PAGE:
The open-access movement, a worldwide effort to provide free online access to scientific and scholarly research literature, in particular through peer-reviewed articles, could be corrupted due to exploitative, money-hungry ‘predatory open-access journals and publishers.’
Predatory open-access publishing exploits the open access model —in which the authors pay — through journals that will publish anything as long as a fee is paid, including pseudo-science, nonsense, and even hoaxes.
Scientists and researchers are likely to be more aware of these predators than the general public. Academics may notice that predatory journals tend to publish articles quickly without peer reviewing them first. Or they may see their inboxes flooded with emails from these publishers campaigning for them to submit articles. They may even notice their names listed as members of editorial boards without their permission, or worse still, that some of the names listed on the editorial boards are not even real people at all.
Beyond these tell-tale indications of predatory journals, some researchers have gone out of their way to expose the true nature of such publications. In 2009, Philip M. Davis, a doctoral student in communication at Cornell University, concocted a crafty plan to shed light on the problem of bogus publications. Using a computer program from MIT called SCIgen, Davis created two research papers that were utter gibberish, complete with nonsensical footnotes and graphs. After being harassed via email to submit papers by Bentham Science, a group that finances 200 open-access scientific journals by charging a publication fee, Davis decided to submit the ridiculous papers.
One of the papers was rejected by Bentham Science, but the other was accepted after the publisher said it had been peer-reviewed. Mr. Davis reported that an invoice for US$800 had been issued by Bentham, without any evidence that the article was ever peer-reviewed. Unfortunately, his findings were not unique, as many other researchers have since carried out similar stings to uncover many other predatory publications.
A particularly deceitful example of predatory journals taking advantage of their readership happened recently, when a respected Canadian medical journal, Experimental & Clinical Cardiology, was sold last year and is now printing scientific junk for hire, but still using its original good name.The journal is defrauding the scientific community while becoming wildly profitable. For US$1,200 they will print anything, including an absurd article that was deliberately submitted including a garbled blend of fake cardiology, poor Latin grammar, and useless graphs.
Today, scientists are better equipped to wade through papers in bogus journals or to avoid sending their own research to them. Unfortunately, it is the general public who may continue suffer the consequences of predatory practices.
A danger may lie in science reporting in the news. Outside academic circles, the public is not always aware that not all journals are created equal, and journalists may not be trained to distinguish between credible scientific papers and bogus ones either. They may end up writing stories based on these fake articles, which the general public read in great numbers.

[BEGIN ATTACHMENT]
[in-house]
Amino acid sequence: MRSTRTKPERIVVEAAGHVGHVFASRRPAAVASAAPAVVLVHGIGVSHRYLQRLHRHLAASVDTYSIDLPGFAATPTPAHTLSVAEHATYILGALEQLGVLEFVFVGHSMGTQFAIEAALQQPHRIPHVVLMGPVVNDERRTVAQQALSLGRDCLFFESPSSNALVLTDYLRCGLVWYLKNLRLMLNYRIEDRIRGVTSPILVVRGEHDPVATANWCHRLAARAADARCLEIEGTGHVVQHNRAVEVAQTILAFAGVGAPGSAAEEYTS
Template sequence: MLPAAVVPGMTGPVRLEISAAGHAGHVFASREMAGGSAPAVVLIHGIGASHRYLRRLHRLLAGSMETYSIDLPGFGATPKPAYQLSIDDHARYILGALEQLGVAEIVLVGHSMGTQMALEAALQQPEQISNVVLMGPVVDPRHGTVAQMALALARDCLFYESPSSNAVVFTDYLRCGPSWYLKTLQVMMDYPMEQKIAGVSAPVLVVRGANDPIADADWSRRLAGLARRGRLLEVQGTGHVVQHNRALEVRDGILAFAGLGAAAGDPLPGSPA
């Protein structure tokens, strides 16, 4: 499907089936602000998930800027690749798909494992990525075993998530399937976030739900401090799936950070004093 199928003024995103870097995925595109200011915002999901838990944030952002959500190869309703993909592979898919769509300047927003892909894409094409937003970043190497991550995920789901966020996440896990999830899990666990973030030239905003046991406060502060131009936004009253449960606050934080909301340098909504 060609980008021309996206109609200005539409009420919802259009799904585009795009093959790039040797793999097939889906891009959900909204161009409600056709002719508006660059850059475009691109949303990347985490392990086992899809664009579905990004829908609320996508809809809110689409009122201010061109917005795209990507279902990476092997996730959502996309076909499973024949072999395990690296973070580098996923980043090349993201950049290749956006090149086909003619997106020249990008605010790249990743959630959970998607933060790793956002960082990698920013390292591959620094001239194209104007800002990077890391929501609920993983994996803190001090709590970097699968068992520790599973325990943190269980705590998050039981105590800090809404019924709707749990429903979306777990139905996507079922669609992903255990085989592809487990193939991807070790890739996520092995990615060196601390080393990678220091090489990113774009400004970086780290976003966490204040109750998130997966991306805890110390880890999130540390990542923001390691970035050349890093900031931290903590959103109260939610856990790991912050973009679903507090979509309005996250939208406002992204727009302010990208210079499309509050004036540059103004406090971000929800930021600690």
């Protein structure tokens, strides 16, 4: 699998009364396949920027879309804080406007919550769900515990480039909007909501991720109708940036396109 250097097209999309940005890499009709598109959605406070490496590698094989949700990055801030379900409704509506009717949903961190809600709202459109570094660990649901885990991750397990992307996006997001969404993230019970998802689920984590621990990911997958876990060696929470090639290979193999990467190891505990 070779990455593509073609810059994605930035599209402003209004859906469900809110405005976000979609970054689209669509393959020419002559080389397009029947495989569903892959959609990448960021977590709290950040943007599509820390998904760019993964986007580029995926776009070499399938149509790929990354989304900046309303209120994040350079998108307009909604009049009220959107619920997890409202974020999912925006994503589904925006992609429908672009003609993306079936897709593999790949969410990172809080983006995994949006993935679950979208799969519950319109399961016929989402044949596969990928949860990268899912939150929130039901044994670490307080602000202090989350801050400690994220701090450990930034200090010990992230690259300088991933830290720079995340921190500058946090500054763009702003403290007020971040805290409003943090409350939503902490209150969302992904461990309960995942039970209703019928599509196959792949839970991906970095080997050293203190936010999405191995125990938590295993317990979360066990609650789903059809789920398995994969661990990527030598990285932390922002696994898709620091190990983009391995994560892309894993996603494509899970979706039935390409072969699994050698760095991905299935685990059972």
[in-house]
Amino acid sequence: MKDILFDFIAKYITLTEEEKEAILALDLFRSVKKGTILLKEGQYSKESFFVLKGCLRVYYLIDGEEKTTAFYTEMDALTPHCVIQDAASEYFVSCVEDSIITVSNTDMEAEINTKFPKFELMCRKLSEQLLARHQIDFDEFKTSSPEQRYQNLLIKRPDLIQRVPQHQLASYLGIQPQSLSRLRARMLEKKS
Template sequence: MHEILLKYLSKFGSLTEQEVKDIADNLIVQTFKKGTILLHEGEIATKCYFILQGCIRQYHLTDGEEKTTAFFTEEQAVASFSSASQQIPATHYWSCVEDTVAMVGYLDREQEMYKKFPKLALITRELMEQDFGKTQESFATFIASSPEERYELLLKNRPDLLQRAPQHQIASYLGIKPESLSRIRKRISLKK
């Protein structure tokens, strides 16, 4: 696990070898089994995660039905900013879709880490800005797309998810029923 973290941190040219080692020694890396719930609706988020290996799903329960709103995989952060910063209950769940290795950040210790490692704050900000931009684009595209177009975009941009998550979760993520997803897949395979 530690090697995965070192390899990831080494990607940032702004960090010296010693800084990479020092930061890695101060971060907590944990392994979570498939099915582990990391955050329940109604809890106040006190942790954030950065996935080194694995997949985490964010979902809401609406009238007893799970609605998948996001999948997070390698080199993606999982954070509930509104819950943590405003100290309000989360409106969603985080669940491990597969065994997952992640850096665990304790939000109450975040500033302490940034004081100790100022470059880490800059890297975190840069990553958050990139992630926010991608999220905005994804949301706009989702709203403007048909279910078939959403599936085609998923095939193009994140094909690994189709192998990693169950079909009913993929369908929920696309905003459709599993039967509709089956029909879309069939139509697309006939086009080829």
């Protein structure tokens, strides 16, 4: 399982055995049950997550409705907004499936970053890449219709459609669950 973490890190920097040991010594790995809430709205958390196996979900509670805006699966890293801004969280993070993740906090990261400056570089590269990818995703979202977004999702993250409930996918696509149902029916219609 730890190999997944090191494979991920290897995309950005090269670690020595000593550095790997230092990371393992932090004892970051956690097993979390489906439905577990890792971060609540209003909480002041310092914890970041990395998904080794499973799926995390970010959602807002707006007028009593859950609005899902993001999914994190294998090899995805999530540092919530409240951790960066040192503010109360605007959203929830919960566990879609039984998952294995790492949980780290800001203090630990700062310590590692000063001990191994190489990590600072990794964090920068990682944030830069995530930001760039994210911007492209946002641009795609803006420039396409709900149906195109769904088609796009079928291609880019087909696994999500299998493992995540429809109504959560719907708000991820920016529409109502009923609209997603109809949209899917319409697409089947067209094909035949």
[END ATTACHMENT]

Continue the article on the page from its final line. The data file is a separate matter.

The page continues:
Journalists at national daily newspapers might see these journals as an easy source of controversial or sensational science, and the predatory journals may cater for that market. When the news is flooded with sensational headlines that aren’t based in truth, the public’s view of science is a very skewed and misguided one.
What are some ways non-scientists can spot these journals? While it is not always clear, there are certainly some things both journalists and interested readers can do to make sure what they are reading is legit.
Journals usually have something called an impact factor, a useful metric of the quality or importance of a journal within its field. It indicates how often recent papers published in that given journal are cited. Scam journals will have very low impact factors, an order of magnitude lower than a respectable journal. Furthermore, most citations in predatory journals will belong to other authors in the same journal or the paper’s authors themselves.
Another way that the public can spot bogus journals is to refer to Beall’s List of Predatory Publishers. University of Colorado Denver librarian and researcher Jeffry Beall created this list —so far it includes 600 journals— after noticing a large number of emails inviting him to submit articles or join the editorial boards of previously unknown journals. He began researching open-access publishers, and formulated strict criteria for determining predatory open-access publishers.
Until the international science community can find a way to eliminate the predator while still keeping open-access publishing alive, the responsibility lies on the reader to distinguish between good science and junk. By paying close attention to the publication, we can work to avoid giving garbage journals any viewership, and mitigate the damage they are doing to the science community.Stephanie Samman is currently studying for an MSc in Science Media Production at Imperial College London. Image Credit: Nicole Skinner. Shark drawing: kreezzalee (via Flickr).